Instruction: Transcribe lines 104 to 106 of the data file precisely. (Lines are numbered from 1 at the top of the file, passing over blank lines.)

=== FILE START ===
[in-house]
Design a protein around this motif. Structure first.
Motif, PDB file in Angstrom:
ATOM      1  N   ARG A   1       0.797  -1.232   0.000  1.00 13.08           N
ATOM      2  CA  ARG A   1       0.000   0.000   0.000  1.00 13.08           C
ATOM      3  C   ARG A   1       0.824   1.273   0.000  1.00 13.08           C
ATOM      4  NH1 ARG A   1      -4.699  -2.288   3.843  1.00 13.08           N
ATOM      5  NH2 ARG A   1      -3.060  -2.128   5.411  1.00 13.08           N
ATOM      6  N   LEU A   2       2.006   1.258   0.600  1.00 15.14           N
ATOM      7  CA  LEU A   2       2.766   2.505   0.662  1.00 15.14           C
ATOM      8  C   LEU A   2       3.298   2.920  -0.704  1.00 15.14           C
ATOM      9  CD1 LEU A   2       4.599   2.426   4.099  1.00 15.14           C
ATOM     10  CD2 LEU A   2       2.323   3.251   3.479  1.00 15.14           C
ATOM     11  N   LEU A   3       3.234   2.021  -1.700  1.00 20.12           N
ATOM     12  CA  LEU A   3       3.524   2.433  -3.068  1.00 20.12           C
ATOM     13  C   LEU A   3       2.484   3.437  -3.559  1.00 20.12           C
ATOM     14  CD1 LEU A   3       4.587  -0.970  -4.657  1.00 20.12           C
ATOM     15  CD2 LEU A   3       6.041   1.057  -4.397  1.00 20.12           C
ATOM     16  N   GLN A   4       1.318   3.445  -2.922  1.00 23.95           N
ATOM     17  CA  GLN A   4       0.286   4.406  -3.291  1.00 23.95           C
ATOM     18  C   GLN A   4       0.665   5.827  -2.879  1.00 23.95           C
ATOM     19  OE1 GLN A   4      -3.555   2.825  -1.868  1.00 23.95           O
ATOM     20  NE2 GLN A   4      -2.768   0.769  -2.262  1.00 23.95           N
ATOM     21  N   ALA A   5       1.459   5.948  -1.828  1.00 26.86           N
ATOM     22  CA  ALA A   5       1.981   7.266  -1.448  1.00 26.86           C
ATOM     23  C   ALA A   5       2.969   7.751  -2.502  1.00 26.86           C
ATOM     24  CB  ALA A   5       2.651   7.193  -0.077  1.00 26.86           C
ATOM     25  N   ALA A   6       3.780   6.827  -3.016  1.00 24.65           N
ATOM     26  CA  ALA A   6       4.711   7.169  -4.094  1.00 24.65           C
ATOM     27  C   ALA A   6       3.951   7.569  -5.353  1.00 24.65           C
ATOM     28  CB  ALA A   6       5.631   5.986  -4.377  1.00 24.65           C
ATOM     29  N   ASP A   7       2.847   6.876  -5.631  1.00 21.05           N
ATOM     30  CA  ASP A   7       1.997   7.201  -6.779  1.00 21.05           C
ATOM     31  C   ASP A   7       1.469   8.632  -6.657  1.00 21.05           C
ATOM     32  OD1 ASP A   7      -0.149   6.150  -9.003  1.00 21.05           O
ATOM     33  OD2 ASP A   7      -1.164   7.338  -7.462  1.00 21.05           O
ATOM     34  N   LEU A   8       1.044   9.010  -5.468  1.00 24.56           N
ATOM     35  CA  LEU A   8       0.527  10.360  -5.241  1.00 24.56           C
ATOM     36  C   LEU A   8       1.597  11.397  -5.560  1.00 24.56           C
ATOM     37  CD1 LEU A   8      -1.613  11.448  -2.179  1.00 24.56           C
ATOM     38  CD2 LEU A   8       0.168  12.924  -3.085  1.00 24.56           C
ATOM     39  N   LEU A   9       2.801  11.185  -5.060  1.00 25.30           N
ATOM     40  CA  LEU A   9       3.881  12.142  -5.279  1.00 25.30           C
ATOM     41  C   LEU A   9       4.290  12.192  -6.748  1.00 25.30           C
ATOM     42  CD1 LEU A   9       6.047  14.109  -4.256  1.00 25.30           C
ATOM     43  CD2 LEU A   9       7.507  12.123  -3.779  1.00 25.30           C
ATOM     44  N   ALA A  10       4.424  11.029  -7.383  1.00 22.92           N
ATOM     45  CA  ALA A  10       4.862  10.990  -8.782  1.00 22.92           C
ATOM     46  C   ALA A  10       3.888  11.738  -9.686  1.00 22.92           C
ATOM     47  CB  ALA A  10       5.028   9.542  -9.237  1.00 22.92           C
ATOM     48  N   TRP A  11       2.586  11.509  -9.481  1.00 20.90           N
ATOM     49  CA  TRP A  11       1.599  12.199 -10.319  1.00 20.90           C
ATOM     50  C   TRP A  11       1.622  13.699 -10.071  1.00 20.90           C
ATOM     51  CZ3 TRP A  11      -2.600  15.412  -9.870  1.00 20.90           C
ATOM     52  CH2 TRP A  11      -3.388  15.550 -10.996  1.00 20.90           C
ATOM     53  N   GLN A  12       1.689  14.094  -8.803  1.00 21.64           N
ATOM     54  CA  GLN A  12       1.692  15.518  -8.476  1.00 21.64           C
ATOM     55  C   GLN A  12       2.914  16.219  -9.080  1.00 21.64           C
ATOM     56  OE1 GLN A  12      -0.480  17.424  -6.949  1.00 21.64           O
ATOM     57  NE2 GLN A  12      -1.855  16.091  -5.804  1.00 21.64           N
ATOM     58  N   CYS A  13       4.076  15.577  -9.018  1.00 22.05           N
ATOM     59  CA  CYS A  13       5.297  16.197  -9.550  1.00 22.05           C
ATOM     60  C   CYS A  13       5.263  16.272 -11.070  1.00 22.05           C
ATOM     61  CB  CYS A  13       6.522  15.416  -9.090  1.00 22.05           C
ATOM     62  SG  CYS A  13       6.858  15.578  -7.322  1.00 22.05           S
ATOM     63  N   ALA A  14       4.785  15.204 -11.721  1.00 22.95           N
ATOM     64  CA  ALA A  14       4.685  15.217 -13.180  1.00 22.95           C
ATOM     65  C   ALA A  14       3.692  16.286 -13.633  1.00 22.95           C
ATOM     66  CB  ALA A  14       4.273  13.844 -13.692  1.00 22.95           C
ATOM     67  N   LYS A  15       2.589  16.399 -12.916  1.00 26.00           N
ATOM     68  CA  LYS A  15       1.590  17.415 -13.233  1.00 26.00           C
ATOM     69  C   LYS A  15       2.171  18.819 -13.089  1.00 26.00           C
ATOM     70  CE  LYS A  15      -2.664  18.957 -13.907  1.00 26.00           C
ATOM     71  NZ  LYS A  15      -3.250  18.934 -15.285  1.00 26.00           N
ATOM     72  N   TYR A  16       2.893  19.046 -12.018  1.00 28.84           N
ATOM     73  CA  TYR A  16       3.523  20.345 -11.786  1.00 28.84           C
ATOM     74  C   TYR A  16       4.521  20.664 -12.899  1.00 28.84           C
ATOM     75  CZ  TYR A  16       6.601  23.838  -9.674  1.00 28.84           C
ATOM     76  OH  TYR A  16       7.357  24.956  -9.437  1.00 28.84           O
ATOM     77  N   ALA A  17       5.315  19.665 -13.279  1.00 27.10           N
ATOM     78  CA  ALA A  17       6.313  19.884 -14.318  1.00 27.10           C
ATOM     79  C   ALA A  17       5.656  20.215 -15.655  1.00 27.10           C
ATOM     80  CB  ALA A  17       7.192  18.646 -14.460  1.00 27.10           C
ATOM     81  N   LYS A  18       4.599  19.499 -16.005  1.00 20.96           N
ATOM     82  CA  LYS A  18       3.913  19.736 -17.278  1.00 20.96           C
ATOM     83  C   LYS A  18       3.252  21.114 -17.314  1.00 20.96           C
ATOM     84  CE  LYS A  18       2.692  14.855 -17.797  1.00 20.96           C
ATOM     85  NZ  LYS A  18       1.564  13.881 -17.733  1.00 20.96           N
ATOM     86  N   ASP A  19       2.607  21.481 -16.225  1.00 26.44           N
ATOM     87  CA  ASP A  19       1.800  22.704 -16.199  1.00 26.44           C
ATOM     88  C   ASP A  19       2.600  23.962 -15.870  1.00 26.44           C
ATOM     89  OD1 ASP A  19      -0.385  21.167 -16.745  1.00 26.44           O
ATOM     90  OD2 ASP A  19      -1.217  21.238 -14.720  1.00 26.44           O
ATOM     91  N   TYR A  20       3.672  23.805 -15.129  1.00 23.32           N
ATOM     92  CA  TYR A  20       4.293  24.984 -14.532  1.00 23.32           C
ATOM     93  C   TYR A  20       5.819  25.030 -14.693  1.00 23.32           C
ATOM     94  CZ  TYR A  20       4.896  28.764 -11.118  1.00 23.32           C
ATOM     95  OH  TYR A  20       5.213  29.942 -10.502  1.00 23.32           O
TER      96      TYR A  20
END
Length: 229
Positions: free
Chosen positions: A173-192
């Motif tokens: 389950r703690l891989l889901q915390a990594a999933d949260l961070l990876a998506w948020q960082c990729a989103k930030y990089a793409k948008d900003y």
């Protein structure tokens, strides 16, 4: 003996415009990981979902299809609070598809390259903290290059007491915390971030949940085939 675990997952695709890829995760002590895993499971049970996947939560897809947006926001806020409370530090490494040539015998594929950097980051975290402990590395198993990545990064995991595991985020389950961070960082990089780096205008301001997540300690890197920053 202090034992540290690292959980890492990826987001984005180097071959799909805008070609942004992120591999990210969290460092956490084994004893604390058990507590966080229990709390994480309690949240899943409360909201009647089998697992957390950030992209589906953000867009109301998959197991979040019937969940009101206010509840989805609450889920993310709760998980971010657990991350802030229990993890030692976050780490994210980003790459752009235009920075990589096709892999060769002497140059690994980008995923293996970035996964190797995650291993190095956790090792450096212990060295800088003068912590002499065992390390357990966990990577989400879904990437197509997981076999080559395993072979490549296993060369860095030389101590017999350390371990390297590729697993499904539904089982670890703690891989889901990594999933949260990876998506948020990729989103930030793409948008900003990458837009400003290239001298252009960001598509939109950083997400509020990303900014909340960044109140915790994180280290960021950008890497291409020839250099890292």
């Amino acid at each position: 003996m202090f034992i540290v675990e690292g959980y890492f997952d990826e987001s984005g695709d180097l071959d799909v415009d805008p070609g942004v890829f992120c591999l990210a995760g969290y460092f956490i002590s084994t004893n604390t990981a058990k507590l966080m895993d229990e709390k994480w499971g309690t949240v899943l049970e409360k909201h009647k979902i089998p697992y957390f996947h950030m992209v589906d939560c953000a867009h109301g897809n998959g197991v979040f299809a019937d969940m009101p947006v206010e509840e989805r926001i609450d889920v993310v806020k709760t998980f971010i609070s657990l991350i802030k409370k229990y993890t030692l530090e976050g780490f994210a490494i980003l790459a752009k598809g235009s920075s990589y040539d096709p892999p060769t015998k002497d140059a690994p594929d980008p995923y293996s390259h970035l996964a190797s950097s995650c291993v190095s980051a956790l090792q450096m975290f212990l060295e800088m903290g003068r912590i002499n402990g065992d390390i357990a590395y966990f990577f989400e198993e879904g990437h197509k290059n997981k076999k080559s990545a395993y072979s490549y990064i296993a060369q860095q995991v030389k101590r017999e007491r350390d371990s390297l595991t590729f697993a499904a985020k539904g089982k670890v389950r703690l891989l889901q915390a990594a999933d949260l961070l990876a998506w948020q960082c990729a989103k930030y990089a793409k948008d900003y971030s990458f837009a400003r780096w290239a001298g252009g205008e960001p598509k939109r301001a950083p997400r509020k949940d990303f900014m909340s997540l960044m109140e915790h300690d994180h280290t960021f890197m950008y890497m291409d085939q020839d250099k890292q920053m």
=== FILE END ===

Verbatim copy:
């Motif tokens: 389950r703690l891989l889901q915390a990594a999933d949260l961070l990876a998506w948020q960082c990729a989103k930030y990089a793409k948008d900003y």
């Protein structure tokens, strides 16, 4: 003996415009990981979902299809609070598809390259903290290059007491915390971030949940085939 675990997952695709890829995760002590895993499971049970996947939560897809947006926001806020409370530090490494040539015998594929950097980051975290402990590395198993990545990064995991595991985020389950961070960082990089780096205008301001997540300690890197920053 202090034992540290690292959980890492990826987001984005180097071959799909805008070609942004992120591999990210969290460092956490084994004893604390058990507590966080229990709390994480309690949240899943409360909201009647089998697992957390950030992209589906953000867009109301998959197991979040019937969940009101206010509840989805609450889920993310709760998980971010657990991350802030229990993890030692976050780490994210980003790459752009235009920075990589096709892999060769002497140059690994980008995923293996970035996964190797995650291993190095956790090792450096212990060295800088003068912590002499065992390390357990966990990577989400879904990437197509997981076999080559395993072979490549296993060369860095030389101590017999350390371990390297590729697993499904539904089982670890703690891989889901990594999933949260990876998506948020990729989103930030793409948008900003990458837009400003290239001298252009960001598509939109950083997400509020990303900014909340960044109140915790994180280290960021950008890497291409020839250099890292």
């Amino acid at each position: 003996m202090f034992i540290v675990e690292g959980y890492f997952d990826e987001s984005g695709d180097l071959d799909v415009d805008p070609g942004v890829f992120c591999l990210a995760g969290y460092f956490i002590s084994t004893n604390t990981a058990k507590l966080m895993d229990e709390k994480w499971g309690t949240v899943l049970e409360k909201h009647k979902i089998p697992y957390f996947h950030m992209v589906d939560c953000a867009h109301g897809n998959g197991v979040f299809a019937d969940m009101p947006v206010e509840e989805r926001i609450d889920v993310v806020k709760t998980f971010i609070s657990l991350i802030k409370k229990y993890t030692l530090e976050g780490f994210a490494i980003l790459a752009k598809g235009s920075s990589y040539d096709p892999p060769t015998k002497d140059a690994p594929d980008p995923y293996s390259h970035l996964a190797s950097s995650c291993v190095s980051a956790l090792q450096m975290f212990l060295e800088m903290g003068r912590i002499n402990g065992d390390i357990a590395y966990f990577f989400e198993e879904g990437h197509k290059n997981k076999k080559s990545a395993y072979s490549y990064i296993a060369q860095q995991v030389k101590r017999e007491r350390d371990s390297l595991t590729f697993a499904a985020k539904g089982k670890v389950r703690l891989l889901q915390a990594a999933d949260l961070l990876a998506w948020q960082c990729a989103k930030y990089a793409k948008d900003y971030s990458f837009a400003r780096w290239a001298g252009g205008e960001p598509k939109r301001a950083p997400r509020k949940d990303f900014m909340s997540l960044m109140e915790h300690d994180h280290t960021f890197m950008y890497m291409d085939q020839d250099k890292q920053m």